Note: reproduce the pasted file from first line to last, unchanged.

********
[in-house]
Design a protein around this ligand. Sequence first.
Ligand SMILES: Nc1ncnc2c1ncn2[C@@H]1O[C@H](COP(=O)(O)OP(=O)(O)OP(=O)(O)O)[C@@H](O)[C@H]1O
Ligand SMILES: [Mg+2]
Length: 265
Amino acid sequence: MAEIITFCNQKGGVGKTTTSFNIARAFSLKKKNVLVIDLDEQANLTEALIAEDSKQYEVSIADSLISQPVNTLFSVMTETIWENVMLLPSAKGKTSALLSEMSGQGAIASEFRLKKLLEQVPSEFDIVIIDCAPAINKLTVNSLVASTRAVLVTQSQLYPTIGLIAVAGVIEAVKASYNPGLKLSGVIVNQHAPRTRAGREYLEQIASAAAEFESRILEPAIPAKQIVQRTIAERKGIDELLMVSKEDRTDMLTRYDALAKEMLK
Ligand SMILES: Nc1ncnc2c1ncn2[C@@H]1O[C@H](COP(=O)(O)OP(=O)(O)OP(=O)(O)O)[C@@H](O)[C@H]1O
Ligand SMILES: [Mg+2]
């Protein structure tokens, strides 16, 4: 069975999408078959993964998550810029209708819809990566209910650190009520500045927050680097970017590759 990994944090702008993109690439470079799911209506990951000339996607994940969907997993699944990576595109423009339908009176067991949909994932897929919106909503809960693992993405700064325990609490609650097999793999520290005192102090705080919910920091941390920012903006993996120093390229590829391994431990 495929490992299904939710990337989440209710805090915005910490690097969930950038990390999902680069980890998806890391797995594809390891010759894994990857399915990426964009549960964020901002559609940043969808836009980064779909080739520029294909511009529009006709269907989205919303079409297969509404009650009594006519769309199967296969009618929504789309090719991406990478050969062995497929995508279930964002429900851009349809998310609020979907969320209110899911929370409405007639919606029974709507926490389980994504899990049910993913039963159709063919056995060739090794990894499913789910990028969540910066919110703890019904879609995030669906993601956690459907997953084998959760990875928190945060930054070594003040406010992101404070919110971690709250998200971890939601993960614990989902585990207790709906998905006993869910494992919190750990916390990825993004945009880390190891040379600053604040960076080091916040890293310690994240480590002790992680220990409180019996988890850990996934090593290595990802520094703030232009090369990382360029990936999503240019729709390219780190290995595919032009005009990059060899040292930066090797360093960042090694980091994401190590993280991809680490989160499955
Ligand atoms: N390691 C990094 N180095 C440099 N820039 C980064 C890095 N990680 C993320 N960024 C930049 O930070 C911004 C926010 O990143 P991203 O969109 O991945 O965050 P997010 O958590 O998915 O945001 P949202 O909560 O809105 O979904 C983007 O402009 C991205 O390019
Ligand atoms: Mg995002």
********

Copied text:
[in-house]
Design a protein around this ligand. Sequence first.
Ligand SMILES: Nc1ncnc2c1ncn2[C@@H]1O[C@H](COP(=O)(O)OP(=O)(O)OP(=O)(O)O)[C@@H](O)[C@H]1O
Ligand SMILES: [Mg+2]
Length: 265
Amino acid sequence: MAEIITFCNQKGGVGKTTTSFNIARAFSLKKKNVLVIDLDEQANLTEALIAEDSKQYEVSIADSLISQPVNTLFSVMTETIWENVMLLPSAKGKTSALLSEMSGQGAIASEFRLKKLLEQVPSEFDIVIIDCAPAINKLTVNSLVASTRAVLVTQSQLYPTIGLIAVAGVIEAVKASYNPGLKLSGVIVNQHAPRTRAGREYLEQIASAAAEFESRILEPAIPAKQIVQRTIAERKGIDELLMVSKEDRTDMLTRYDALAKEMLK
Ligand SMILES: Nc1ncnc2c1ncn2[C@@H]1O[C@H](COP(=O)(O)OP(=O)(O)OP(=O)(O)O)[C@@H](O)[C@H]1O
Ligand SMILES: [Mg+2]
């Protein structure tokens, strides 16, 4: 069975999408078959993964998550810029209708819809990566209910650190009520500045927050680097970017590759 990994944090702008993109690439470079799911209506990951000339996607994940969907997993699944990576595109423009339908009176067991949909994932897929919106909503809960693992993405700064325990609490609650097999793999520290005192102090705080919910920091941390920012903006993996120093390229590829391994431990 495929490992299904939710990337989440209710805090915005910490690097969930950038990390999902680069980890998806890391797995594809390891010759894994990857399915990426964009549960964020901002559609940043969808836009980064779909080739520029294909511009529009006709269907989205919303079409297969509404009650009594006519769309199967296969009618929504789309090719991406990478050969062995497929995508279930964002429900851009349809998310609020979907969320209110899911929370409405007639919606029974709507926490389980994504899990049910993913039963159709063919056995060739090794990894499913789910990028969540910066919110703890019904879609995030669906993601956690459907997953084998959760990875928190945060930054070594003040406010992101404070919110971690709250998200971890939601993960614990989902585990207790709906998905006993869910494992919190750990916390990825993004945009880390190891040379600053604040960076080091916040890293310690994240480590002790992680220990409180019996988890850990996934090593290595990802520094703030232009090369990382360029990936999503240019729709390219780190290995595919032009005009990059060899040292930066090797360093960042090694980091994401190590993280991809680490989160499955
Ligand atoms: N390691 C990094 N180095 C440099 N820039 C980064 C890095 N990680 C993320 N960024 C930049 O930070 C911004 C926010 O990143 P991203 O969109 O991945 O965050 P997010 O958590 O998915 O945001 P949202 O909560 O809105 O979904 C983007 O402009 C991205 O390019
Ligand atoms: Mg995002």